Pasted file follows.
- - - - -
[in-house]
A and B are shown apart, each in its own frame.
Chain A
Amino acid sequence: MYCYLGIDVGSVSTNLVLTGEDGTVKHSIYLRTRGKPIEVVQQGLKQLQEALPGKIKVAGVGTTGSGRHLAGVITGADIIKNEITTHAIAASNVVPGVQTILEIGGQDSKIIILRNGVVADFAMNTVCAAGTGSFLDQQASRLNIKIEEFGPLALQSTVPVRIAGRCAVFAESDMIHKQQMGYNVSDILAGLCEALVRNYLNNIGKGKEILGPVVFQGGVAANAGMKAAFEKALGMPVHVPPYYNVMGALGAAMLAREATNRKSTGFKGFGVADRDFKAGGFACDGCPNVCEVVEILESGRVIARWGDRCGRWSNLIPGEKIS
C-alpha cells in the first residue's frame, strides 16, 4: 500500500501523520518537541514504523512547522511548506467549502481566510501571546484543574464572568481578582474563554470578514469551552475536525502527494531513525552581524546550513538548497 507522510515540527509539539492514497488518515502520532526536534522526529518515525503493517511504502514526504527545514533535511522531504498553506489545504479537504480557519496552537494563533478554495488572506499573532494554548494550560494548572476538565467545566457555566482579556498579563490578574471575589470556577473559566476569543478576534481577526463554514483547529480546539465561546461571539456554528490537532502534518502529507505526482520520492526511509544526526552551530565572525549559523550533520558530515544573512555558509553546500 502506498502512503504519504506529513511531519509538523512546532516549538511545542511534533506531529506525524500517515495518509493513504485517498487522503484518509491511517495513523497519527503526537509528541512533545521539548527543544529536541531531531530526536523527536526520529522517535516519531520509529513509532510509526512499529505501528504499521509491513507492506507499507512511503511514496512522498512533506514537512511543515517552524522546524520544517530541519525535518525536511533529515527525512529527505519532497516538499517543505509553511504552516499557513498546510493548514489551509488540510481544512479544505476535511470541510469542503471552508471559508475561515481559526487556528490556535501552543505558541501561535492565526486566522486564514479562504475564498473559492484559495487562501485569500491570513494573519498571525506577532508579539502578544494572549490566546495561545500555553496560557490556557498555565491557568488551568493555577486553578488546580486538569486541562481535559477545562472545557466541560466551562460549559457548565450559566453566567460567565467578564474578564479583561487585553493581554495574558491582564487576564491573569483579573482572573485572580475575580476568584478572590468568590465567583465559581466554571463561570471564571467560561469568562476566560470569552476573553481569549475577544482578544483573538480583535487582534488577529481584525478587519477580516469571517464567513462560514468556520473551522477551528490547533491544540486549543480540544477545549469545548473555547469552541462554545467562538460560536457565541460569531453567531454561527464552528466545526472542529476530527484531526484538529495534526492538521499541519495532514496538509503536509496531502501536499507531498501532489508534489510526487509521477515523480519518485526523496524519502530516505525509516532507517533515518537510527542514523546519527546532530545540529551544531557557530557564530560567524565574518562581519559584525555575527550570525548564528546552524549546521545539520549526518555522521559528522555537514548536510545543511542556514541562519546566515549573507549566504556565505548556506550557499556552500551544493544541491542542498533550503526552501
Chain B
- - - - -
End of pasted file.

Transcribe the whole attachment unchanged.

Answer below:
[in-house]
A and B are shown apart, each in its own frame.
Chain A
Amino acid sequence: MYCYLGIDVGSVSTNLVLTGEDGTVKHSIYLRTRGKPIEVVQQGLKQLQEALPGKIKVAGVGTTGSGRHLAGVITGADIIKNEITTHAIAASNVVPGVQTILEIGGQDSKIIILRNGVVADFAMNTVCAAGTGSFLDQQASRLNIKIEEFGPLALQSTVPVRIAGRCAVFAESDMIHKQQMGYNVSDILAGLCEALVRNYLNNIGKGKEILGPVVFQGGVAANAGMKAAFEKALGMPVHVPPYYNVMGALGAAMLAREATNRKSTGFKGFGVADRDFKAGGFACDGCPNVCEVVEILESGRVIARWGDRCGRWSNLIPGEKIS
C-alpha cells in the first residue's frame, strides 16, 4: 500500500501523520518537541514504523512547522511548506467549502481566510501571546484543574464572568481578582474563554470578514469551552475536525502527494531513525552581524546550513538548497 507522510515540527509539539492514497488518515502520532526536534522526529518515525503493517511504502514526504527545514533535511522531504498553506489545504479537504480557519496552537494563533478554495488572506499573532494554548494550560494548572476538565467545566457555566482579556498579563490578574471575589470556577473559566476569543478576534481577526463554514483547529480546539465561546461571539456554528490537532502534518502529507505526482520520492526511509544526526552551530565572525549559523550533520558530515544573512555558509553546500 502506498502512503504519504506529513511531519509538523512546532516549538511545542511534533506531529506525524500517515495518509493513504485517498487522503484518509491511517495513523497519527503526537509528541512533545521539548527543544529536541531531531530526536523527536526520529522517535516519531520509529513509532510509526512499529505501528504499521509491513507492506507499507512511503511514496512522498512533506514537512511543515517552524522546524520544517530541519525535518525536511533529515527525512529527505519532497516538499517543505509553511504552516499557513498546510493548514489551509488540510481544512479544505476535511470541510469542503471552508471559508475561515481559526487556528490556535501552543505558541501561535492565526486566522486564514479562504475564498473559492484559495487562501485569500491570513494573519498571525506577532508579539502578544494572549490566546495561545500555553496560557490556557498555565491557568488551568493555577486553578488546580486538569486541562481535559477545562472545557466541560466551562460549559457548565450559566453566567460567565467578564474578564479583561487585553493581554495574558491582564487576564491573569483579573482572573485572580475575580476568584478572590468568590465567583465559581466554571463561570471564571467560561469568562476566560470569552476573553481569549475577544482578544483573538480583535487582534488577529481584525478587519477580516469571517464567513462560514468556520473551522477551528490547533491544540486549543480540544477545549469545548473555547469552541462554545467562538460560536457565541460569531453567531454561527464552528466545526472542529476530527484531526484538529495534526492538521499541519495532514496538509503536509496531502501536499507531498501532489508534489510526487509521477515523480519518485526523496524519502530516505525509516532507517533515518537510527542514523546519527546532530545540529551544531557557530557564530560567524565574518562581519559584525555575527550570525548564528546552524549546521545539520549526518555522521559528522555537514548536510545543511542556514541562519546566515549573507549566504556565505548556506550557499556552500551544493544541491542542498533550503526552501
Chain B